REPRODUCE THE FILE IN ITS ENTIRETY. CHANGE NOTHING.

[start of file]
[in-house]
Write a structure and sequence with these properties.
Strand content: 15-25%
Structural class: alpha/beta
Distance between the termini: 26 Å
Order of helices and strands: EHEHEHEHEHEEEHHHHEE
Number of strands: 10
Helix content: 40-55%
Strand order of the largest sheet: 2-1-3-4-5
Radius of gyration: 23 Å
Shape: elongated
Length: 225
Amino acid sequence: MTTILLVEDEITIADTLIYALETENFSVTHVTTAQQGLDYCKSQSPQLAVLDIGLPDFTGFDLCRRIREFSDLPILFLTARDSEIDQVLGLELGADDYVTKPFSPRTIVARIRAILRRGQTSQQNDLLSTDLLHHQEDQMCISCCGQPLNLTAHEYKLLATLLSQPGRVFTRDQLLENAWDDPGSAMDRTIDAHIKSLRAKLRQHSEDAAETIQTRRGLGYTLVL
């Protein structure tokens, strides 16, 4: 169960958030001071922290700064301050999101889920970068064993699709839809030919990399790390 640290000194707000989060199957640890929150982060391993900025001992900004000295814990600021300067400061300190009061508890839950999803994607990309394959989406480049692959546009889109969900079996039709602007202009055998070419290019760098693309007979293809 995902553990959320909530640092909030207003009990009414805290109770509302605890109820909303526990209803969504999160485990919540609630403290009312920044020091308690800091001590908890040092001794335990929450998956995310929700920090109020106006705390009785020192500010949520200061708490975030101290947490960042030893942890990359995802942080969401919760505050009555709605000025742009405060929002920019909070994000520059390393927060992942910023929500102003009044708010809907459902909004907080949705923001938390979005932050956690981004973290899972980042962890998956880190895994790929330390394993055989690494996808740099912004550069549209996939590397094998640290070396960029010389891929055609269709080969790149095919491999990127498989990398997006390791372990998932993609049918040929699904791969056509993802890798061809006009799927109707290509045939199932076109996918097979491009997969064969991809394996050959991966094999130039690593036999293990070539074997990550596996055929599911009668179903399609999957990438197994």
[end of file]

[in-house]
Write a structure and sequence with these properties.
Strand content: 15-25%
Structural class: alpha/beta
Distance between the termini: 26 Å
Order of helices and strands: EHEHEHEHEHEEEHHHHEE
Number of strands: 10
Helix content: 40-55%
Strand order of the largest sheet: 2-1-3-4-5
Radius of gyration: 23 Å
Shape: elongated
Length: 225
Amino acid sequence: MTTILLVEDEITIADTLIYALETENFSVTHVTTAQQGLDYCKSQSPQLAVLDIGLPDFTGFDLCRRIREFSDLPILFLTARDSEIDQVLGLELGADDYVTKPFSPRTIVARIRAILRRGQTSQQNDLLSTDLLHHQEDQMCISCCGQPLNLTAHEYKLLATLLSQPGRVFTRDQLLENAWDDPGSAMDRTIDAHIKSLRAKLRQHSEDAAETIQTRRGLGYTLVL
């Protein structure tokens, strides 16, 4: 169960958030001071922290700064301050999101889920970068064993699709839809030919990399790390 640290000194707000989060199957640890929150982060391993900025001992900004000295814990600021300067400061300190009061508890839950999803994607990309394959989406480049692959546009889109969900079996039709602007202009055998070419290019760098693309007979293809 995902553990959320909530640092909030207003009990009414805290109770509302605890109820909303526990209803969504999160485990919540609630403290009312920044020091308690800091001590908890040092001794335990929450998956995310929700920090109020106006705390009785020192500010949520200061708490975030101290947490960042030893942890990359995802942080969401919760505050009555709605000025742009405060929002920019909070994000520059390393927060992942910023929500102003009044708010809907459902909004907080949705923001938390979005932050956690981004973290899972980042962890998956880190895994790929330390394993055989690494996808740099912004550069549209996939590397094998640290070396960029010389891929055609269709080969790149095919491999990127498989990398997006390791372990998932993609049918040929699904791969056509993802890798061809006009799927109707290509045939199932076109996918097979491009997969064969991809394996050959991966094999130039690593036999293990070539074997990550596996055929599911009668179903399609999957990438197994």